Even during warm weather, driving a stick shift can seem like a daunting task. If you're comfortable with a manual transmission, driving in the snow can still be a more difficult experience at first. The good news is, many stick shift aficionados think it's easier to navigate through troublesome weather using manual transmission, largely because of the added control the stick provides. Some car insurance companies even offer cheap car insurance to stick shift users because of the lower cost of repair and risk of theft. Here are our top tips to help you get home safely in the snow.
Downshift before braking
Jeanne Heida wrote in an article for Yahoo Voices about how downshifting can make it easier to stop in winter weather. By shifting into lower gears, you can progressively decrease speed by slowing the rotation of the tires. When you're approaching traffic or an intersection on an icy road, shift from third down into second, and then into first. By slowing the rotation of the tires, you're lowering the chances that your tires will slip, helping you to stay in control. Only brake when you're down to around 10 miles per hour.
Start in second
Another helpful tip is accelerating from second gear, according to Ben Barry with Car Magazine. When your mom or dad taught you to drive a stick, chances are he or she told you to only start from first - a recommendation that was likely backed up the first time you forgot and stalled out. With a little practice, though, you can get the hang of starting from second, which will make your wheels turn slower and with more force out of the gate. When you're stuck in snow or ice, this trick can be invaluable for getting you out.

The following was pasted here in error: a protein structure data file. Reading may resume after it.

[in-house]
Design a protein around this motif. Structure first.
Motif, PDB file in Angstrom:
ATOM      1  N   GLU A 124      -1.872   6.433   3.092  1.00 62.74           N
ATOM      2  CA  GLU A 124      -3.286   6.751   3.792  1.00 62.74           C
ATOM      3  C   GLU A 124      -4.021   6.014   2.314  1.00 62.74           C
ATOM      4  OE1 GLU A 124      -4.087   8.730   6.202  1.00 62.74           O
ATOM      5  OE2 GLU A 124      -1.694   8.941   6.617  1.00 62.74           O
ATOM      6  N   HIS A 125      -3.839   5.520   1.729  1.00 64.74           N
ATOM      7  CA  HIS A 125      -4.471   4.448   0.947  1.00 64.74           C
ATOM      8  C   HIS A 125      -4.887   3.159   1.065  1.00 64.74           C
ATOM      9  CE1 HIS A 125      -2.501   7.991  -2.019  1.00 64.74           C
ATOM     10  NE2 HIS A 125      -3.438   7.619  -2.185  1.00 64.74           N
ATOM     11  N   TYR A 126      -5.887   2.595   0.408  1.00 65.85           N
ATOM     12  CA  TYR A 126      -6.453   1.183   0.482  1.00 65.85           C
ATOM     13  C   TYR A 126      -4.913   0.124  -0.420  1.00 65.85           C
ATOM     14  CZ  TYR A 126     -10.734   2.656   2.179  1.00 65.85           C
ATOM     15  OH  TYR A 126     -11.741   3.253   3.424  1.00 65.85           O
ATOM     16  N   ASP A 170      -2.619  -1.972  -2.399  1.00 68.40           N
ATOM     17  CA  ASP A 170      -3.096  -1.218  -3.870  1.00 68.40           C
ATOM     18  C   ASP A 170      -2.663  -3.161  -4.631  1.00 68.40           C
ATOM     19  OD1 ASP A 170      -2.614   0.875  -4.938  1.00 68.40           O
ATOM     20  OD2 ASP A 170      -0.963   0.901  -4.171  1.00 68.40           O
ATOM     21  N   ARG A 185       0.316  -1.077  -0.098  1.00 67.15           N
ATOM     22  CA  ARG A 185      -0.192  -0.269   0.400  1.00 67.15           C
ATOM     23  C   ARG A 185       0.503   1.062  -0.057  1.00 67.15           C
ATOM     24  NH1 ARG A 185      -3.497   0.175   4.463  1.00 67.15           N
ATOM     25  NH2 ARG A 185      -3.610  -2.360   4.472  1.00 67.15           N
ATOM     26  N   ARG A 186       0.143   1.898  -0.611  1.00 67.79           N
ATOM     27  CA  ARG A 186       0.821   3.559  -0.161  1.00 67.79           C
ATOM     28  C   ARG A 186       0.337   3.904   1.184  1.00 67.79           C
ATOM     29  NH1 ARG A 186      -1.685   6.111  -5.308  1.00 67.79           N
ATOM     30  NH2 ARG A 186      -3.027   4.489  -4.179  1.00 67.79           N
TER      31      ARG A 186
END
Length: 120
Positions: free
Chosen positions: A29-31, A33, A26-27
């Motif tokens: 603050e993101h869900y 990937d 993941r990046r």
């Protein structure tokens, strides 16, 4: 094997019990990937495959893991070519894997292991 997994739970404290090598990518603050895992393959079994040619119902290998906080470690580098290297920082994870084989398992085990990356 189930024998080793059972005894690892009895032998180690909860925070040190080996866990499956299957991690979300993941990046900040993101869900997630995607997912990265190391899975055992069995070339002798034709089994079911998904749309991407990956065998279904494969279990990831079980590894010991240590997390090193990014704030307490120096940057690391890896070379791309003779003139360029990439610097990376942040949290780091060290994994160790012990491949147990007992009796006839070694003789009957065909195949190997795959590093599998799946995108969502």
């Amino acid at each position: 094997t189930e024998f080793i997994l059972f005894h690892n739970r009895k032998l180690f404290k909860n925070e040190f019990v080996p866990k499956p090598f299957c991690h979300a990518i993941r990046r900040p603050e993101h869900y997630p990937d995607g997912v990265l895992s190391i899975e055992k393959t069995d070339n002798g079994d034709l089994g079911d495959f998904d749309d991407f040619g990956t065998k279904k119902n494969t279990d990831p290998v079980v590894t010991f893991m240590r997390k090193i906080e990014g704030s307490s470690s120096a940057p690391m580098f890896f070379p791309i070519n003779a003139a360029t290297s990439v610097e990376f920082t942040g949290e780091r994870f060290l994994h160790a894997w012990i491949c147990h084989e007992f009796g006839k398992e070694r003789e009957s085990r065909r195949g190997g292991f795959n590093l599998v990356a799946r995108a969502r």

Snowy or icy hills are a manual transmission car's worst nightmare. If you're already moving, chances are you won't have any trouble. But, if you have to stop and start on a serious incline, Heida warns, your stick shift might give you some real trouble. Manual cars can already slide backwards when they start on a hill from a standstill, and ice or snow makes this an even more serious concern. If you can avoid steep hills that require you to stop, do so, she suggests.
Use the snow
This last tip isn't just for stick shifters, but it does come in handy. If you're having trouble getting up a snowy hill, pull a little to the right - onto the snow that hasn't been pushed down by other cars. When snow gets compacted by cars, some of it melts, making the snow even more slippery. The snow on the right side of the road won't be as compacted, meaning that you can usually get a little bit more traction to help you get up that hill. The snow to your left might not be compacted either, but you don't want to pull into oncoming traffic.
Is it easier or harder to drive through snowy weather with a stick shift? The jury's still out. You get a little bit more control over your car, but without experience, you might be better off letting the car do the job. Either way, pay attention and stay safe. The best way to lower your general auto insurance is to avoid accidents at all costs, so be careful out there!